The World as a Game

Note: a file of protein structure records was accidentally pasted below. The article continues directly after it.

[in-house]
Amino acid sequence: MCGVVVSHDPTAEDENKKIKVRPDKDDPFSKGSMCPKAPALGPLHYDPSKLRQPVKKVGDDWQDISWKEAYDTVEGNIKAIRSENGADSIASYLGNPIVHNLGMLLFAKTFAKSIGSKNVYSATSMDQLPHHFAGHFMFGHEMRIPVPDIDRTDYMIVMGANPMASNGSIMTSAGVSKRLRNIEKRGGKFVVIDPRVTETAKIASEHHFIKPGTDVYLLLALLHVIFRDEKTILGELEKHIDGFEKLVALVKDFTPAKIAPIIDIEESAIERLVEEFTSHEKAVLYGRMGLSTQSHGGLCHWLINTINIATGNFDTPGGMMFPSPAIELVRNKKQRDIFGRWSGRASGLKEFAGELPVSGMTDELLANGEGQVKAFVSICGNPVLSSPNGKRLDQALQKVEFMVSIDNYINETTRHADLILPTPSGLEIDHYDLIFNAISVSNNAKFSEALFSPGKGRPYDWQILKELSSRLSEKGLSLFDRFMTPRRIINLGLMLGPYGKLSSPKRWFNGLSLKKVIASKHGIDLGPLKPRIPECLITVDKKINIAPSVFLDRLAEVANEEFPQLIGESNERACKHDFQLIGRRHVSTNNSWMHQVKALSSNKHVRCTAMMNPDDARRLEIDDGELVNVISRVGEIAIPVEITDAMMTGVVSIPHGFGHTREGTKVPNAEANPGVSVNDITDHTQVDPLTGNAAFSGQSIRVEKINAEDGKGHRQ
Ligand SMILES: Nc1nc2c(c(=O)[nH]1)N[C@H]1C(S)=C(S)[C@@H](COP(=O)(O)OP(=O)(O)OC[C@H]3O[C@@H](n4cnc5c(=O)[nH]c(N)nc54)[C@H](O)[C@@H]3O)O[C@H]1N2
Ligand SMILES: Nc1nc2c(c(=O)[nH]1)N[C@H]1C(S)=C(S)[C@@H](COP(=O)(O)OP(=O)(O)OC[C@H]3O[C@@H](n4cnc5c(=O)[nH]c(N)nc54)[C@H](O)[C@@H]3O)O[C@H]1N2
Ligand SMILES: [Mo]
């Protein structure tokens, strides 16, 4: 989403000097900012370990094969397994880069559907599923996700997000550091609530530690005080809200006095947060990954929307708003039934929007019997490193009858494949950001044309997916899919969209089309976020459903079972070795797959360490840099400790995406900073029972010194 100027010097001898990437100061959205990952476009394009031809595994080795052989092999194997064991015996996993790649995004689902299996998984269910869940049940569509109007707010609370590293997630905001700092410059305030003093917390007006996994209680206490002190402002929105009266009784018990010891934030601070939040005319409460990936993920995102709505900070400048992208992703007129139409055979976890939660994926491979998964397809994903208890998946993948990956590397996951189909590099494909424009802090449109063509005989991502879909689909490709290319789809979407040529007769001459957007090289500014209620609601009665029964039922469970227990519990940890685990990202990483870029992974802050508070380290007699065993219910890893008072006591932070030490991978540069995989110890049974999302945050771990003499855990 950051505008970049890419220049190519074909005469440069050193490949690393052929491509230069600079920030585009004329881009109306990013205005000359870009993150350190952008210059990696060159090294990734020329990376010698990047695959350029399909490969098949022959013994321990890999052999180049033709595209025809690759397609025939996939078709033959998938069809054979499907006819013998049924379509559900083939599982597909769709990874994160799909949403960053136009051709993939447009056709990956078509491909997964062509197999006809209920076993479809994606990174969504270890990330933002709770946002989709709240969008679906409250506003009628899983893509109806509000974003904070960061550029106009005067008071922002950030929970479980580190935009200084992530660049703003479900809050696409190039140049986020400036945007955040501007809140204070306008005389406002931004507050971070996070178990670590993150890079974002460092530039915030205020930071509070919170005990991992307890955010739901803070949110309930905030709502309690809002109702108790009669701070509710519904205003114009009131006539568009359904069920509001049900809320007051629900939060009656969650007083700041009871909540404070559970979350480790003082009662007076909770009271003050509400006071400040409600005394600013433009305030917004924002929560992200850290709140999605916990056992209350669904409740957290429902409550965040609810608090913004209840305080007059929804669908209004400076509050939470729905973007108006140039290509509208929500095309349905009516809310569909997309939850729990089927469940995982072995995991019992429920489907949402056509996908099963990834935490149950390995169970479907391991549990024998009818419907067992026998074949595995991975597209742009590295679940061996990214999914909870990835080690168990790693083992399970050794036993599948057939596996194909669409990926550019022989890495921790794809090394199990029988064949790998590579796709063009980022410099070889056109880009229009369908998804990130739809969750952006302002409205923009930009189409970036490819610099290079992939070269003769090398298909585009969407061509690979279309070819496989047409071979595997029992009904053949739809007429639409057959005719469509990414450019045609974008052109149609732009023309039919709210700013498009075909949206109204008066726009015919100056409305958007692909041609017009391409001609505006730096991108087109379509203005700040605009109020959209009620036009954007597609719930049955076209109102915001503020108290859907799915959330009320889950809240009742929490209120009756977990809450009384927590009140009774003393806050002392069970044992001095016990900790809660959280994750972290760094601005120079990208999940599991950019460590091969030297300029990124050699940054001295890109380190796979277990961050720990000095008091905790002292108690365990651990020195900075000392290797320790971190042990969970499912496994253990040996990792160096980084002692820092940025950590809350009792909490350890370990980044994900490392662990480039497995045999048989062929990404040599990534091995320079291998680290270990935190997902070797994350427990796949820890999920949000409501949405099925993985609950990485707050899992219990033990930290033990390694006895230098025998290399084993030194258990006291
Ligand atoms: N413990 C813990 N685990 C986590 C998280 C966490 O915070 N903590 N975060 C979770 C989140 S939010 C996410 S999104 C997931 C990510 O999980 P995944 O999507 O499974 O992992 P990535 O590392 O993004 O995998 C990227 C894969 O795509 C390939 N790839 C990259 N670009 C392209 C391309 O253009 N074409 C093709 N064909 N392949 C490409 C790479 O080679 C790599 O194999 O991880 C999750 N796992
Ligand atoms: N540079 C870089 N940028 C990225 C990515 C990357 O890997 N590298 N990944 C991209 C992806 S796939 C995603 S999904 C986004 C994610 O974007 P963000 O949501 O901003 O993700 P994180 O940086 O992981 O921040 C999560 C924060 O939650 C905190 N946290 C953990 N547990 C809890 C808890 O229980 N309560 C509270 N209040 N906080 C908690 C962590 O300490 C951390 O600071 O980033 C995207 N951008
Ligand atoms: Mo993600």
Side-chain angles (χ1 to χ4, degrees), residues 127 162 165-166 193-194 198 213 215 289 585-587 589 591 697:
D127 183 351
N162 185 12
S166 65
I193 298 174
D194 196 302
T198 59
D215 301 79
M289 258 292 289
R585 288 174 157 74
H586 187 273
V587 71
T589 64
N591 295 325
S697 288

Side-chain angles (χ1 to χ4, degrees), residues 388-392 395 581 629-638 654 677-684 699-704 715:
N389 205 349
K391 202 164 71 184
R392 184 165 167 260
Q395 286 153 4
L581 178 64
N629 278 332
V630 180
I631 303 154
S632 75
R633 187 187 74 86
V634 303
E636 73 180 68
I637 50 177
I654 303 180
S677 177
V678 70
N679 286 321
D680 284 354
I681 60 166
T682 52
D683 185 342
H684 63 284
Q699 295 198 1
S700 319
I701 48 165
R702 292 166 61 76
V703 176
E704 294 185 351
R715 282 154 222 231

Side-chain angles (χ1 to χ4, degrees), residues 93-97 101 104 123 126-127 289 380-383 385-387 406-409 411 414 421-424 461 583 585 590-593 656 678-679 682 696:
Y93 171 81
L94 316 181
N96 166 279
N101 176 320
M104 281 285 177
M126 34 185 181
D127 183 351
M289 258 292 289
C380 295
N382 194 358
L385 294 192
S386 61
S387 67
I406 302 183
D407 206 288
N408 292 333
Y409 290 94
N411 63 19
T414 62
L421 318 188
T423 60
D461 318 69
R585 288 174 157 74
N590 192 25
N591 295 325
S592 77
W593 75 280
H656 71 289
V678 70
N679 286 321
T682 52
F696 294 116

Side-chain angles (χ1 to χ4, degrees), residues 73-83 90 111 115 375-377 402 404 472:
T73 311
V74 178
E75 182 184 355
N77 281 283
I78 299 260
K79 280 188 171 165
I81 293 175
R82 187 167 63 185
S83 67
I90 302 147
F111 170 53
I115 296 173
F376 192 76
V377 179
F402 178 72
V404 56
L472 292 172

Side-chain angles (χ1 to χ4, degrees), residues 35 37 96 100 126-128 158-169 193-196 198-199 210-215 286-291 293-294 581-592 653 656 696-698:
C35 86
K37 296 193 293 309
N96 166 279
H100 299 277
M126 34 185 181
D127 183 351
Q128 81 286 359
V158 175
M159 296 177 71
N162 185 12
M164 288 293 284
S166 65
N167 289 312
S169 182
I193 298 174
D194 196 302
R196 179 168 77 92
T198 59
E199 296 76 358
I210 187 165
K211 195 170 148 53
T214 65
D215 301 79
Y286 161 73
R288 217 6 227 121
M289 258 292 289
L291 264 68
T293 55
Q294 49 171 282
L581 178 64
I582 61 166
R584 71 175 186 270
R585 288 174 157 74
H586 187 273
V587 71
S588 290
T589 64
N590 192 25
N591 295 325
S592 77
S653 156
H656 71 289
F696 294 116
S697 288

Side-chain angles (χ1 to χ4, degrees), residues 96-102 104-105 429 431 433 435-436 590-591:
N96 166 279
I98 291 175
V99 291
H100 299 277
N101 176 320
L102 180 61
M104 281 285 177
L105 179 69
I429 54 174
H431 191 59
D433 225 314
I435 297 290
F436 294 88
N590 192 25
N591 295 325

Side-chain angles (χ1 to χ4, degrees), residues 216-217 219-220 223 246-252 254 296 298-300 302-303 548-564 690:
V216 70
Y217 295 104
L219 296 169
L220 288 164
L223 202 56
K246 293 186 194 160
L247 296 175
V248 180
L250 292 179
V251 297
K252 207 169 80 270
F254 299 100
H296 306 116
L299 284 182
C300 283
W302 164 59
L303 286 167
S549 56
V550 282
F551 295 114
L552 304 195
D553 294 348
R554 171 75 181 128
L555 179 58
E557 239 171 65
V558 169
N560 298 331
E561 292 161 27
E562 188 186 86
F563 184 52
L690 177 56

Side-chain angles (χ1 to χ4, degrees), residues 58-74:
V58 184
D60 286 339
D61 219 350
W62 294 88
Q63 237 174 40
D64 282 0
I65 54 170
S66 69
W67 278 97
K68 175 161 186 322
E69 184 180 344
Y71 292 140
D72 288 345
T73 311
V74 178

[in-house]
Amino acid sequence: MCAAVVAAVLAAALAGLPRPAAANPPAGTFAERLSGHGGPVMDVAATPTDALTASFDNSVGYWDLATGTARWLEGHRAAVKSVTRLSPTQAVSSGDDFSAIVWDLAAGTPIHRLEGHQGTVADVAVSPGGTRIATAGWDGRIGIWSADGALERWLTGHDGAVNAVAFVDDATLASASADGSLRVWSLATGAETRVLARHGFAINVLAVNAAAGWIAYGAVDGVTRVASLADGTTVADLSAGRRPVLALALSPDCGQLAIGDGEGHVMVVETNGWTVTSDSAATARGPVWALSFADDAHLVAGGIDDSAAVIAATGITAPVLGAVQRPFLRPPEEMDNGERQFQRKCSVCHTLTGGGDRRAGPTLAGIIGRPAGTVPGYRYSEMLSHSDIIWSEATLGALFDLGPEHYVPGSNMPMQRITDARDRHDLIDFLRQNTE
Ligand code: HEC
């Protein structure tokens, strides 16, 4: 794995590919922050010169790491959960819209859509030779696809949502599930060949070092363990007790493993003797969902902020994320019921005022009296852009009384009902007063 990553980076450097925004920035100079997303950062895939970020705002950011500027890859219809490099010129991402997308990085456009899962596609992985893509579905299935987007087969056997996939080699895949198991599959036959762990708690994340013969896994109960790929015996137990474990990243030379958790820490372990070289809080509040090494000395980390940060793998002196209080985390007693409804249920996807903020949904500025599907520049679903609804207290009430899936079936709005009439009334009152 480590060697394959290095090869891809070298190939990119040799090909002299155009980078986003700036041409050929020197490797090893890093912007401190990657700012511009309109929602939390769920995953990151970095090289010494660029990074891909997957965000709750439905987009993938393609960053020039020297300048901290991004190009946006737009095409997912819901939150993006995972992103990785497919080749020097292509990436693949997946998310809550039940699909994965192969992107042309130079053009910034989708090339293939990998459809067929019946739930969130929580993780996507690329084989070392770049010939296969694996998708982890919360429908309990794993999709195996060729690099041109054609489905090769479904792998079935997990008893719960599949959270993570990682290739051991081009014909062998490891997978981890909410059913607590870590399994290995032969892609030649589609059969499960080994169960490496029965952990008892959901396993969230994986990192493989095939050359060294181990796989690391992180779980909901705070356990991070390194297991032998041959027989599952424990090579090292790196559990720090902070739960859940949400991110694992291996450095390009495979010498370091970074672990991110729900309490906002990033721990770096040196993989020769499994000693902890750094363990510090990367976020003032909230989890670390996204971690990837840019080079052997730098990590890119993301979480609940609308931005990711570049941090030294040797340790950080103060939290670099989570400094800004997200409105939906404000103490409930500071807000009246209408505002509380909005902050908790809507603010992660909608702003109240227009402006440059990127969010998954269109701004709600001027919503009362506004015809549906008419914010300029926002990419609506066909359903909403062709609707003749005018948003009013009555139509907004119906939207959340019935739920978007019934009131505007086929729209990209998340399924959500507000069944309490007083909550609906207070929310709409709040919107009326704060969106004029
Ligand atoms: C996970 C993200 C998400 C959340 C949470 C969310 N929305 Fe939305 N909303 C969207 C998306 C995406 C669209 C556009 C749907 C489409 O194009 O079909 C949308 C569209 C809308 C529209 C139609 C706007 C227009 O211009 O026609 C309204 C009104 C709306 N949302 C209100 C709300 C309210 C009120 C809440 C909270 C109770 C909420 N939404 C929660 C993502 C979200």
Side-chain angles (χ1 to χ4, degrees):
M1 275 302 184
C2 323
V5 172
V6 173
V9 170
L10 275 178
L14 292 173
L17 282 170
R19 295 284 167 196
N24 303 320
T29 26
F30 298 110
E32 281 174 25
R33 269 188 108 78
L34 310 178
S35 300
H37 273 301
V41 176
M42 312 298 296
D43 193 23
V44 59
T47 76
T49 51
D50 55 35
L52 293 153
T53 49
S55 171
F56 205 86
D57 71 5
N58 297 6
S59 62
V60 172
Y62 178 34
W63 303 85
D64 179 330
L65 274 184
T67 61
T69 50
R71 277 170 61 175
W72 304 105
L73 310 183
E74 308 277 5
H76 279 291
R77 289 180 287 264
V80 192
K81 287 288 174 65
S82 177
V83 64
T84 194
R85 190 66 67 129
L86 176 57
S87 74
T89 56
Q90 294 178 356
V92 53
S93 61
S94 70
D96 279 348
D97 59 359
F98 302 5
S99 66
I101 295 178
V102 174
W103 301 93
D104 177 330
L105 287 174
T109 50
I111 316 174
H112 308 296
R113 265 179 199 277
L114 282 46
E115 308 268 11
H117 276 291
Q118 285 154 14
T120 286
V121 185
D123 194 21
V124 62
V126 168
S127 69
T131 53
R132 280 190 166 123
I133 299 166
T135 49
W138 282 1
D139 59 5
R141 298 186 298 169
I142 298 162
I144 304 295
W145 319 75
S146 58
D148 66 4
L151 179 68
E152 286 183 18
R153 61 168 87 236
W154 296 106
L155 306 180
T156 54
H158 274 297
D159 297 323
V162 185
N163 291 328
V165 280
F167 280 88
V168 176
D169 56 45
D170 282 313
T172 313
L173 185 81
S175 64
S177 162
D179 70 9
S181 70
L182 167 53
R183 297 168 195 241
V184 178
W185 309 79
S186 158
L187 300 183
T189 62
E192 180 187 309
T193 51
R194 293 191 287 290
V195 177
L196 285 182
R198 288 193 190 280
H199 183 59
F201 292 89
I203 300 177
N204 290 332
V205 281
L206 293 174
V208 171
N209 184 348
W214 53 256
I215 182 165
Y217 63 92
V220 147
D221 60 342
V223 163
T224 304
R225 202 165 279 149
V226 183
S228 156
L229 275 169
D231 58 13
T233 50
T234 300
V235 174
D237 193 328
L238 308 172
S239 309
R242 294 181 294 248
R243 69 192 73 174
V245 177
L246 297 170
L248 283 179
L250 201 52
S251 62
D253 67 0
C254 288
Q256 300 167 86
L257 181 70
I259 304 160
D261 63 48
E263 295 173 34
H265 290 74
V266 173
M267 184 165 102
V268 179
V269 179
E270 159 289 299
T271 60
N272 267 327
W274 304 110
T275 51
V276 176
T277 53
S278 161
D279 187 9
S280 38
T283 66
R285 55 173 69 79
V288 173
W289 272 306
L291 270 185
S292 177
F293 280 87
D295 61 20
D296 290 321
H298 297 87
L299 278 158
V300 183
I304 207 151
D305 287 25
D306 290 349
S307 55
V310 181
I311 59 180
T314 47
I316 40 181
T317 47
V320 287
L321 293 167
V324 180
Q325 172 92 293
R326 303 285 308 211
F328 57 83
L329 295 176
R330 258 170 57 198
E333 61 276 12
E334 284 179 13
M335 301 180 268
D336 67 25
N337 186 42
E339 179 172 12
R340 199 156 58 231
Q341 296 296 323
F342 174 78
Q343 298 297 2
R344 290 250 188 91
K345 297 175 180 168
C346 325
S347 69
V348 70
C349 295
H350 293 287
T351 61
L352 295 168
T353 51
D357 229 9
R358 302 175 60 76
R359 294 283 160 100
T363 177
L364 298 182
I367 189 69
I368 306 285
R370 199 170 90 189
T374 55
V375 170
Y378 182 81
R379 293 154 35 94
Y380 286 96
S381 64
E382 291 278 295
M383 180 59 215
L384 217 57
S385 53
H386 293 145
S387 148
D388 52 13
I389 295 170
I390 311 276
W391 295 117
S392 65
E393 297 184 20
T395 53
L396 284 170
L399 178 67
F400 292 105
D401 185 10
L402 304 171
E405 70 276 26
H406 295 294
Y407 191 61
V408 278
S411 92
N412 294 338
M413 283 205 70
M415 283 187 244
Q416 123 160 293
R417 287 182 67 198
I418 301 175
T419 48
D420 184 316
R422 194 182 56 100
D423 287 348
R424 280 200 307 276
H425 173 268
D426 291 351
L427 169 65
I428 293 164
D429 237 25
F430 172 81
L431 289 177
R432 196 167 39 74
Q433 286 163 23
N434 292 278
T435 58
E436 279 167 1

What is a game? Ludwig Wittgenstein famously chose this nebulous concept to illustrate what he meant by “family resemblance,” where the individual members of a class can be determined to fulfill no necessary and sufficient conditions for admission, and instead only share some traits with some others in the class, others with others. Yet we can at least identify two types of game, which seem not just distinct from one another but very nearly opposite. One class of games, which includes peek-a-boo, charades, and musical improvisation as representative instances, is characterized by free expressivity. It is the manifestation of what Friedrich Schiller called the Spieltrieb, the “play-drive,” which is innate in all human beings insofar as they are free. The other class includes chess, fencing, and wargames as its representative instances. If there is still some dose of freedom operating in this sort of game, it is freedom under severe

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